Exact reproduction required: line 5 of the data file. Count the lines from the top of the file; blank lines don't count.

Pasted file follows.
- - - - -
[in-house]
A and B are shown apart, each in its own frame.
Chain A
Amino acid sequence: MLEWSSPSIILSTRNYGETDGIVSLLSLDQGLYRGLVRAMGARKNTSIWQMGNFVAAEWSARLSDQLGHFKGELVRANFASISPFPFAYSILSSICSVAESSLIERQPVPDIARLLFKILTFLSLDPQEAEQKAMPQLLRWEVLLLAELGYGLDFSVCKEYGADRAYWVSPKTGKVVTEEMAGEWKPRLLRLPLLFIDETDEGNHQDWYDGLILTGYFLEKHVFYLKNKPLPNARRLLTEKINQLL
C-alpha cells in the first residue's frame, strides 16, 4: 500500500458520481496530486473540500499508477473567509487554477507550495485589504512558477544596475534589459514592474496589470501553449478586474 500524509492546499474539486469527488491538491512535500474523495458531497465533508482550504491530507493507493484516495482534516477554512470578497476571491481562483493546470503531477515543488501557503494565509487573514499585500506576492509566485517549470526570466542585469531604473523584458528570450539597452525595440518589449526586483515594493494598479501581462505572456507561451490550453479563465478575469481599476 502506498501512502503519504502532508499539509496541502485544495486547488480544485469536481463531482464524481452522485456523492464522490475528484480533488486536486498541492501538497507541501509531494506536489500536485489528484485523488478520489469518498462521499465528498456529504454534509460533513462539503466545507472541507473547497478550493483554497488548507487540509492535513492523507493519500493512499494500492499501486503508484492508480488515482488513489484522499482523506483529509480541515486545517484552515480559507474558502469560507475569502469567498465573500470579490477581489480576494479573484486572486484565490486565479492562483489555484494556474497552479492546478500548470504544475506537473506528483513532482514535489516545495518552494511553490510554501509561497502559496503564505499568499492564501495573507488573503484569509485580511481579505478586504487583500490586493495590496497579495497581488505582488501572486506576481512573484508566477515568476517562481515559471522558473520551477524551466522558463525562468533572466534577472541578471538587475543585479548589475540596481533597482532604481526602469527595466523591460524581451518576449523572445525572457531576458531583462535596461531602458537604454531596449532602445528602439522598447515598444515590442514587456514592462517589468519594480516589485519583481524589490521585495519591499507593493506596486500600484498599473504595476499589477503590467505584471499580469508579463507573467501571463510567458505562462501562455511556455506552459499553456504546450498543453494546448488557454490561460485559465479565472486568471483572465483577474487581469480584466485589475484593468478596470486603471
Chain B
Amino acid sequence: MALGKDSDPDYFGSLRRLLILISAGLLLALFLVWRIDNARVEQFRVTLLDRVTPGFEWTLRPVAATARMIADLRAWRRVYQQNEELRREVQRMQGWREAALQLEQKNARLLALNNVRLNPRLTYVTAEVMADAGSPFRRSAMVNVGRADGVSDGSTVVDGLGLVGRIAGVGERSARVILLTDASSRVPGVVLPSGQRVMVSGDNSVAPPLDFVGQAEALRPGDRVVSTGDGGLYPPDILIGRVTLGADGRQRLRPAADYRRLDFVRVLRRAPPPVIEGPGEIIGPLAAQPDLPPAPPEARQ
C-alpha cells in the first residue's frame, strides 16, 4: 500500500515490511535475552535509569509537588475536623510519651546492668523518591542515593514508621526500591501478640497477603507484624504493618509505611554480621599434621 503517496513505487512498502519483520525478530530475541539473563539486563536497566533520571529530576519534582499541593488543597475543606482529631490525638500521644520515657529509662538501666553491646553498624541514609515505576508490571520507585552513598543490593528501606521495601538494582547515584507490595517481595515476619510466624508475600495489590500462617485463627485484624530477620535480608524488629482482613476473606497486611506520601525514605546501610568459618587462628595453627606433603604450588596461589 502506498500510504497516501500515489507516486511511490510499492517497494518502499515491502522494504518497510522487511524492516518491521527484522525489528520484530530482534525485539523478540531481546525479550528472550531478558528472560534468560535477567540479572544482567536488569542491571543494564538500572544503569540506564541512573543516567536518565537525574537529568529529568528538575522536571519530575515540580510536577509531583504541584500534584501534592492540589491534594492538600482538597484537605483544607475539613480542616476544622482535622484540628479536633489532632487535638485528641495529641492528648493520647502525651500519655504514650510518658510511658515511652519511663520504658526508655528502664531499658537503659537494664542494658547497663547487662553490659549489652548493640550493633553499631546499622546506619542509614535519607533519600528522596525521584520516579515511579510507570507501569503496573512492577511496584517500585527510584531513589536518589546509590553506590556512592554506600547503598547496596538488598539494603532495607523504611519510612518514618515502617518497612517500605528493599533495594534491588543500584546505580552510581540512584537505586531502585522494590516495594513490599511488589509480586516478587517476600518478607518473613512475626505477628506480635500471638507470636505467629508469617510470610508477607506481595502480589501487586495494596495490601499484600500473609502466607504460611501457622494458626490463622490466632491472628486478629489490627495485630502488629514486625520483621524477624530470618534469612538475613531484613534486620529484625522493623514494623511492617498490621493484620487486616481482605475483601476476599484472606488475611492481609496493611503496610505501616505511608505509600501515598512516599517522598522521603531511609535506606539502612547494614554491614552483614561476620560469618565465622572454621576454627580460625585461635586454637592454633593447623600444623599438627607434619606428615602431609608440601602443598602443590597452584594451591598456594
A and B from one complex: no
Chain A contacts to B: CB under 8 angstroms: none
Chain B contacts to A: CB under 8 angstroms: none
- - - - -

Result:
C-alpha cells in the first residue's frame, strides 16, 4: 500500500458520481496530486473540500499508477473567509487554477507550495485589504512558477544596475534589459514592474496589470501553449478586474 500524509492546499474539486469527488491538491512535500474523495458531497465533508482550504491530507493507493484516495482534516477554512470578497476571491481562483493546470503531477515543488501557503494565509487573514499585500506576492509566485517549470526570466542585469531604473523584458528570450539597452525595440518589449526586483515594493494598479501581462505572456507561451490550453479563465478575469481599476 502506498501512502503519504502532508499539509496541502485544495486547488480544485469536481463531482464524481452522485456523492464522490475528484480533488486536486498541492501538497507541501509531494506536489500536485489528484485523488478520489469518498462521499465528498456529504454534509460533513462539503466545507472541507473547497478550493483554497488548507487540509492535513492523507493519500493512499494500492499501486503508484492508480488515482488513489484522499482523506483529509480541515486545517484552515480559507474558502469560507475569502469567498465573500470579490477581489480576494479573484486572486484565490486565479492562483489555484494556474497552479492546478500548470504544475506537473506528483513532482514535489516545495518552494511553490510554501509561497502559496503564505499568499492564501495573507488573503484569509485580511481579505478586504487583500490586493495590496497579495497581488505582488501572486506576481512573484508566477515568476517562481515559471522558473520551477524551466522558463525562468533572466534577472541578471538587475543585479548589475540596481533597482532604481526602469527595466523591460524581451518576449523572445525572457531576458531583462535596461531602458537604454531596449532602445528602439522598447515598444515590442514587456514592462517589468519594480516589485519583481524589490521585495519591499507593493506596486500600484498599473504595476499589477503590467505584471499580469508579463507573467501571463510567458505562462501562455511556455506552459499553456504546450498543453494546448488557454490561460485559465479565472486568471483572465483577474487581469480584466485589475484593468478596470486603471